In 1535, Portuguese traders obtained the rights to anchor ships in Macau’s harbors and to carry out trade. Then in 1557, they established a permanent settlement there. Moreover, this Western love affair for Macau has not ended. Analysts reported that total public revenue for January 2012 rose by 21.5% when compared to the same month in 2011, and it is all thanks to gambling tax revenue. Source: Calvin Ayre.com
Since Macau was returned to China in 1999, it has overtaken Las Vegas to become the world’s biggest gambling mecca. Since 1999, Macau, along with Hong Kong, is one of the two special administrative regions of the People’s Republic of China, and it is situated on the western side of the Pearl River Delta across from Hong-Kong.
The next building trend was to expand into a global entertainment and high-end shopping hub along with leisure activities leading to tourism with gambling leading the way.
However, gambling remains Macao’s main moneymaker. Almost every business depends on gambling to survive.
In addition to gambling and tourism, Macao includes some manufacturing, and the days of Chinese Triads having shooting wars for control of the streets have gone.
Instead, Macao has become a territory where Chinese democracy advocates may speak out without fear and become elected to Macao’s legislature.
The PRC has promised not to meddle in Macao’s politics. One thing is apparent— many in Macao want the economy to have diversity that does not depend on gambling alone. However, MGM Resorts International’s net profit doubled to HK$3.28 billion from HK$1.57 billion—boosted by strong growth in casino revenues, which tells us that gambling is still king in Macau. Source: The Wall Street Journal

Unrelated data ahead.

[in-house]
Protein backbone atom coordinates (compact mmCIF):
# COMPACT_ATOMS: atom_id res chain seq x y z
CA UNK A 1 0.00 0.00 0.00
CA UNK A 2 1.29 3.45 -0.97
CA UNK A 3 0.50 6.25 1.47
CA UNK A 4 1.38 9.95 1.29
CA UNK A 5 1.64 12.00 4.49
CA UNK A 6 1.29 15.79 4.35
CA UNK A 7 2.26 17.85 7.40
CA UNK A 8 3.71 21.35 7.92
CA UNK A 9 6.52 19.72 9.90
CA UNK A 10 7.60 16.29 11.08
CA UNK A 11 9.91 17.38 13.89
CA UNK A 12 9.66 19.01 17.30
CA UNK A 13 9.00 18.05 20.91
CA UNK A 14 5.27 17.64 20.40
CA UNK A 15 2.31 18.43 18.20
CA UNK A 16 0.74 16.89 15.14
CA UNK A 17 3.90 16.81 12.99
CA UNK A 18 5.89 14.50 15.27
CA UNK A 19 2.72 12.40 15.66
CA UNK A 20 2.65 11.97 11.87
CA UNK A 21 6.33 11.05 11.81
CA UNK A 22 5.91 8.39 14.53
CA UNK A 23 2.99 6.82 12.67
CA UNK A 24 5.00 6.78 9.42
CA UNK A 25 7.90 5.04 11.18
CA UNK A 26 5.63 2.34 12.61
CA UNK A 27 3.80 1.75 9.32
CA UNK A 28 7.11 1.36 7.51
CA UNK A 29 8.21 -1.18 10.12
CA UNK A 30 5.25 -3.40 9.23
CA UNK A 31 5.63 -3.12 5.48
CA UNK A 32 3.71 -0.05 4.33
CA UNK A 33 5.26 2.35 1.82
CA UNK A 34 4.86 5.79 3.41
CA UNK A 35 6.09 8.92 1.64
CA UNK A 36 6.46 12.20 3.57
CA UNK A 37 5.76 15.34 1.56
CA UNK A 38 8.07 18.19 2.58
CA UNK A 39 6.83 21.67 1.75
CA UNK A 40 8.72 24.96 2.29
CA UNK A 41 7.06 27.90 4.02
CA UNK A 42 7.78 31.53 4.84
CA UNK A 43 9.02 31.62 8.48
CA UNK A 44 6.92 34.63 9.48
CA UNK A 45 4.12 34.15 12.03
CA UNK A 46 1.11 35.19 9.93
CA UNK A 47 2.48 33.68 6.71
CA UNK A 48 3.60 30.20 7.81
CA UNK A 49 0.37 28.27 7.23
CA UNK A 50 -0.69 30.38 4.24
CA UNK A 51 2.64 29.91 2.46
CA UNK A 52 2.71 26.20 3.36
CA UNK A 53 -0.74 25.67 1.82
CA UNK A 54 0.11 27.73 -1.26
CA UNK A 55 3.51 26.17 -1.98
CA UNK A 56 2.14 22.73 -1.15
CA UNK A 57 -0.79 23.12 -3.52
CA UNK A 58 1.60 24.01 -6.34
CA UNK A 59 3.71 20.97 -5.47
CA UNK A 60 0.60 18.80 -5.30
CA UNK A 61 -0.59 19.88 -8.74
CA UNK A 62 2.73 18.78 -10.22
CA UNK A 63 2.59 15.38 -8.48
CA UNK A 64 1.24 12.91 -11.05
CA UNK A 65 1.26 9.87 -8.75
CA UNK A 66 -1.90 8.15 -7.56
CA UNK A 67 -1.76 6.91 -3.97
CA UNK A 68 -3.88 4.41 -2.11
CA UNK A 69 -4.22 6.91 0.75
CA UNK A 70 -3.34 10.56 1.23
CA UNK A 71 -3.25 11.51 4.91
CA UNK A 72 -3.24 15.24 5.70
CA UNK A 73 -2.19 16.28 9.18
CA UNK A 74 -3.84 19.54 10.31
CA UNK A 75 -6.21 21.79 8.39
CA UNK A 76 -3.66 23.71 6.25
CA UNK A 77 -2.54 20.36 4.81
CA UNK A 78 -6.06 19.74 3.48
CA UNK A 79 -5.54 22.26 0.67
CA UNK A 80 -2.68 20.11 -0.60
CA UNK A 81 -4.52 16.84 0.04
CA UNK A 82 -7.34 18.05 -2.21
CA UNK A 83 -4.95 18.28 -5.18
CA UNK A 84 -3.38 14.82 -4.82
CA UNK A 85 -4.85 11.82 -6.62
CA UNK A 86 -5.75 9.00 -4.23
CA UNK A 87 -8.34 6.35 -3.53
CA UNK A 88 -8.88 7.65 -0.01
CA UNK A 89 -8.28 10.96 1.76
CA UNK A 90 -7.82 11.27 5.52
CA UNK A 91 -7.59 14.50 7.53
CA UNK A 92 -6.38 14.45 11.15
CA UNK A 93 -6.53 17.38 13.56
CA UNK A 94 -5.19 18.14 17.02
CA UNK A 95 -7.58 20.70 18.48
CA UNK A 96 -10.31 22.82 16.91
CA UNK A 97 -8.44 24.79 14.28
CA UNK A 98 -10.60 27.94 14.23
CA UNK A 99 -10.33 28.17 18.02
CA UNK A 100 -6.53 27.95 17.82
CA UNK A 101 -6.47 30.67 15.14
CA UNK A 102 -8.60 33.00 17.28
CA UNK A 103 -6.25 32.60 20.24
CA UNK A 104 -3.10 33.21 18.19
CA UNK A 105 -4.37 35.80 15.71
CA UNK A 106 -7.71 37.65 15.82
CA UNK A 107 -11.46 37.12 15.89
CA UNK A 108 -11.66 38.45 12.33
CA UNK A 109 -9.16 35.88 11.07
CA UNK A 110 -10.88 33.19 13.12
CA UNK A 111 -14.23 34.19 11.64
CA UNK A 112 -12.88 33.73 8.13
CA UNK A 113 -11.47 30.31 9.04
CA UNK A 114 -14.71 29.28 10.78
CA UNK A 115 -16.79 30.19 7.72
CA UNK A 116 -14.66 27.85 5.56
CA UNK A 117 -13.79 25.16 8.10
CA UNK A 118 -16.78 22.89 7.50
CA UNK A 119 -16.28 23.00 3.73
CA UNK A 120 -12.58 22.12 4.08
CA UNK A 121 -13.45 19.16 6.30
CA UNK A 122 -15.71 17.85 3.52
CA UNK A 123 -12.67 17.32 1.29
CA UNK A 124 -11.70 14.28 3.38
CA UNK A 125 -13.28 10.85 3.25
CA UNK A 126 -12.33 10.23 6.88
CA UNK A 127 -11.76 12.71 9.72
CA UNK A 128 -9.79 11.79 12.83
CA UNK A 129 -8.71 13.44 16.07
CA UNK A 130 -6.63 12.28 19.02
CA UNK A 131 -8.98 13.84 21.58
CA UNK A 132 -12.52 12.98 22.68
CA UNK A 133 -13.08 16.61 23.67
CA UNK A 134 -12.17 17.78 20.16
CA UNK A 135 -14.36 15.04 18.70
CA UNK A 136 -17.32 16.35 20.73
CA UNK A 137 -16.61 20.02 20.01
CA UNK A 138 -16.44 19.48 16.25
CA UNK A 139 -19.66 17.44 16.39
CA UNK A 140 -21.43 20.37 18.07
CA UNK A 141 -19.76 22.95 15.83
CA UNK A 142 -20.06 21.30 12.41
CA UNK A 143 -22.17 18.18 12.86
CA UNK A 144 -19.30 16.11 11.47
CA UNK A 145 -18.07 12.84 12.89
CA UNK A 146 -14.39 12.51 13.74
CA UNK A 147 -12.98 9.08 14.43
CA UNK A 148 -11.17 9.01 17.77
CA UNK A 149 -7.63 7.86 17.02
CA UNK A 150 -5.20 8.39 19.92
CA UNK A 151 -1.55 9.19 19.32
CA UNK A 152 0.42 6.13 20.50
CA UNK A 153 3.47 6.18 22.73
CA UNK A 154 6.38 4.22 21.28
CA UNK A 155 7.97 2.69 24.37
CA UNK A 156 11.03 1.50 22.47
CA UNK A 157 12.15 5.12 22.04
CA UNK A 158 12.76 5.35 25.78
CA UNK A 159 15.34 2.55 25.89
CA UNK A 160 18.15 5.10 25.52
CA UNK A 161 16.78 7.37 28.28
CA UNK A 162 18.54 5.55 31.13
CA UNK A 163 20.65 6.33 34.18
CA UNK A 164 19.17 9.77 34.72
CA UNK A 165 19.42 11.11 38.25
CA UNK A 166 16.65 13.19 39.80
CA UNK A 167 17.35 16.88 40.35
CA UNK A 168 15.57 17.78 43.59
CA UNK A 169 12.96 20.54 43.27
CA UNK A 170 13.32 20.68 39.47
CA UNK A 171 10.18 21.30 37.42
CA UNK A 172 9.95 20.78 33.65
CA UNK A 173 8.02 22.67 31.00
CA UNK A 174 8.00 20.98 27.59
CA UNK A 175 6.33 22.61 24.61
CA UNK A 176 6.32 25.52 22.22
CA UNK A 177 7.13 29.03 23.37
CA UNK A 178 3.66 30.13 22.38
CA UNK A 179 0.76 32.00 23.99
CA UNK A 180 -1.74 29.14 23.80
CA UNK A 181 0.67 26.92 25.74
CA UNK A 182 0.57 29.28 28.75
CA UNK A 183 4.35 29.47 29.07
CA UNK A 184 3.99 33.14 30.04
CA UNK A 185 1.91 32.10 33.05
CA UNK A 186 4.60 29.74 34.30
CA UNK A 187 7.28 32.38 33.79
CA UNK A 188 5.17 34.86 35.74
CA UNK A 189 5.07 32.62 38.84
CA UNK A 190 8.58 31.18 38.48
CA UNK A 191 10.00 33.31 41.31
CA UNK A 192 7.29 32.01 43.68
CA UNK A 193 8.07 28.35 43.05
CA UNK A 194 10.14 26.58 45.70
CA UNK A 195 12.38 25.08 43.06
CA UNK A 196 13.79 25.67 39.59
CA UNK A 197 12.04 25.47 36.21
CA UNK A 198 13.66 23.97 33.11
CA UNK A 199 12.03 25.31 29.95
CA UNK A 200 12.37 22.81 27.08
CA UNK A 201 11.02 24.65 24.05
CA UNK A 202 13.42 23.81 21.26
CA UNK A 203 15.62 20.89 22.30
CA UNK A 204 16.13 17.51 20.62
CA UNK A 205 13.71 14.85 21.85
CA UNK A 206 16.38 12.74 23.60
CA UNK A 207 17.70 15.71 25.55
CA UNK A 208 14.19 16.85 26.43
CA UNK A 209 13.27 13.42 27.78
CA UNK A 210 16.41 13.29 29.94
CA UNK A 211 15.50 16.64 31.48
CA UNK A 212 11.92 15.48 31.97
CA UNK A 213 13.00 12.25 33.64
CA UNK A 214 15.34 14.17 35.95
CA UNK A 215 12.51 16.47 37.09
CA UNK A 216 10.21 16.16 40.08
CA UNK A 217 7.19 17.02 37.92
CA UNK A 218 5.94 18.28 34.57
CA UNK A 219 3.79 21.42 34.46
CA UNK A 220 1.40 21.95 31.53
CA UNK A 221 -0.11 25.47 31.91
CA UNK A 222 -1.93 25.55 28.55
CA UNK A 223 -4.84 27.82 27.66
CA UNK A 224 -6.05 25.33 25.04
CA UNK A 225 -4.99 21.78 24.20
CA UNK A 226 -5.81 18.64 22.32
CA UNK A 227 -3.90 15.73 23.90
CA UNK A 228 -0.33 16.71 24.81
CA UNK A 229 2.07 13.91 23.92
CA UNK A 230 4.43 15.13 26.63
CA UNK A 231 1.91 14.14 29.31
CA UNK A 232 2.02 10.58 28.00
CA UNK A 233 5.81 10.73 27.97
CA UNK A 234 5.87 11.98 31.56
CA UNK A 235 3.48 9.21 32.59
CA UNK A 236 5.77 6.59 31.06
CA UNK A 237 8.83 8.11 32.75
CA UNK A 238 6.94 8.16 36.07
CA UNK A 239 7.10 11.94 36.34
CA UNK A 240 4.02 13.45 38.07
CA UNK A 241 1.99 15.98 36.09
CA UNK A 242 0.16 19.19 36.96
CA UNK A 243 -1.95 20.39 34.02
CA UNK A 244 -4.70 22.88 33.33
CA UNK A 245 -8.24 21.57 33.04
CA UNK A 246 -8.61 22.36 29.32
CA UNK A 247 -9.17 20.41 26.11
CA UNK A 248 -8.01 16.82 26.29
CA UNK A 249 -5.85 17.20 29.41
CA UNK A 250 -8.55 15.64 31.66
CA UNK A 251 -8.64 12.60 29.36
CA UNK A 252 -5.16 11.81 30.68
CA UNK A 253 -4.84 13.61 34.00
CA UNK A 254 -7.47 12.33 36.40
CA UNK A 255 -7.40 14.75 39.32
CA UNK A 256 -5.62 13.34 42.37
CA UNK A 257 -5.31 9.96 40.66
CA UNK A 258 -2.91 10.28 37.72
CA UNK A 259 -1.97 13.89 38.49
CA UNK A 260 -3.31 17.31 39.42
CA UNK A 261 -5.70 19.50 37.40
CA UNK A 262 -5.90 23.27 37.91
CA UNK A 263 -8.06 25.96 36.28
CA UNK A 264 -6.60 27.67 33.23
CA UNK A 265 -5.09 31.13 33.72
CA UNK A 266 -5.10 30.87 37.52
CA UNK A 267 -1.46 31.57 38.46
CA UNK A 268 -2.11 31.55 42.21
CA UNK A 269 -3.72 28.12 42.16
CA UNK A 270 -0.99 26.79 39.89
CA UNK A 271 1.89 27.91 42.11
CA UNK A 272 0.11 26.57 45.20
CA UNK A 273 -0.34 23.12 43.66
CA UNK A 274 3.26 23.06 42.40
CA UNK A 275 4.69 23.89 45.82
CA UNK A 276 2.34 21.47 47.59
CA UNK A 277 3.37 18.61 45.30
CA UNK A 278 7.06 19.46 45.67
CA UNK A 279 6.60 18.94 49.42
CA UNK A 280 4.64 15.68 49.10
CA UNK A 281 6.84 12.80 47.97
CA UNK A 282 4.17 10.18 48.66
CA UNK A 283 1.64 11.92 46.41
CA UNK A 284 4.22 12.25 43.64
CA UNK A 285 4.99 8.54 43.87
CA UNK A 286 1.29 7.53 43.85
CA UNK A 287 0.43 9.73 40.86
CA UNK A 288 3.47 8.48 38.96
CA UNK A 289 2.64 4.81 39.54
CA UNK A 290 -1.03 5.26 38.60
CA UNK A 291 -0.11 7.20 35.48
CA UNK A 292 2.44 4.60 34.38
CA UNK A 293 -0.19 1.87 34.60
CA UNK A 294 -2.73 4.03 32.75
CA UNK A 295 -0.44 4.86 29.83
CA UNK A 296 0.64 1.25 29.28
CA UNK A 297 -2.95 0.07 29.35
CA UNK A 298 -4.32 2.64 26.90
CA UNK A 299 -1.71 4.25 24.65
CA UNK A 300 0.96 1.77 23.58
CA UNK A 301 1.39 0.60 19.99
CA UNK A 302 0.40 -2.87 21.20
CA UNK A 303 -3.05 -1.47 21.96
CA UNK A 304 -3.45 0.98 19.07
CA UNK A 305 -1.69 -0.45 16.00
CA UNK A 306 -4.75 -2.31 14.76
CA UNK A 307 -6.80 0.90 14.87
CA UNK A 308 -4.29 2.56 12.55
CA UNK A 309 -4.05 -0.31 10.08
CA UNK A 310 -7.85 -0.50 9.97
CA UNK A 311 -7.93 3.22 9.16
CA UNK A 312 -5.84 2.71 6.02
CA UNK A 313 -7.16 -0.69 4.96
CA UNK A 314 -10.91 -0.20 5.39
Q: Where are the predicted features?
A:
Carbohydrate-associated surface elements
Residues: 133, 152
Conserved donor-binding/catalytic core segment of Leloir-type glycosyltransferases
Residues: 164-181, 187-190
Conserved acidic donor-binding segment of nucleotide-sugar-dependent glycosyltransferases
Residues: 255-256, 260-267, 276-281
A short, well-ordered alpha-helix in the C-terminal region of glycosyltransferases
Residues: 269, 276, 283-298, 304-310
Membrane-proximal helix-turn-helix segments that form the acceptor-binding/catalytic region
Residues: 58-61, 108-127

Lloyd Lofthouse is the award-winning author of The Concubine Saga. When you love a Chinese woman, you marry her family and culture too. This is the love story Sir Robert Hart did not want the world to discover.
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This three part series is about the reasons behind a new weapon China is developing. This weapon is known as the DF21D, which will be described in part 3.
Suppose that the United States had just ended a century of conflict that started when several foreign nations sent naval/military power halfway around the world to force America to accept cocaine as a product to be sold to all Americans without restrictions.
The United States loses the struggle against this drug being sold to American citizens, and during the next century, more than fifty-million Americans die from more wars indirectly caused by the nations behind the drugs while a third of Americans becomes addicted to the drugs.
As this century of drug and wars end, the same nations invade Mexico and Canada. By the time the wars in Mexico and Canada end, 10 million Canadians and Mexicans have been killed by the invading armies.
For China, what I’m describing is not a “what if”.
Starting in 1839, China fought two Opium Wars and lost about 50,000 troops while the invading nations lost 3,000. The invaders were from the UK, France and, for a limited time, the US.
These nations forced China’s emperor to allow them to sell opium to his people ruining millions of lives and wrecking families due to drug addiction.
These invading nations also built enclaves and cities in China—Shanghai, Hong Kong, Macau and others.
Imagine China controlling San Francisco, Seattle and New York. How would most American’s feel?
In fact, Western nations are indirectly responsible for an 1850 rebellion started by a Chinese Christian convert who claimed to be the younger brother of Jesus Christ. When the Taiping Rebellion ended, 20 million civilians and combatants were dead.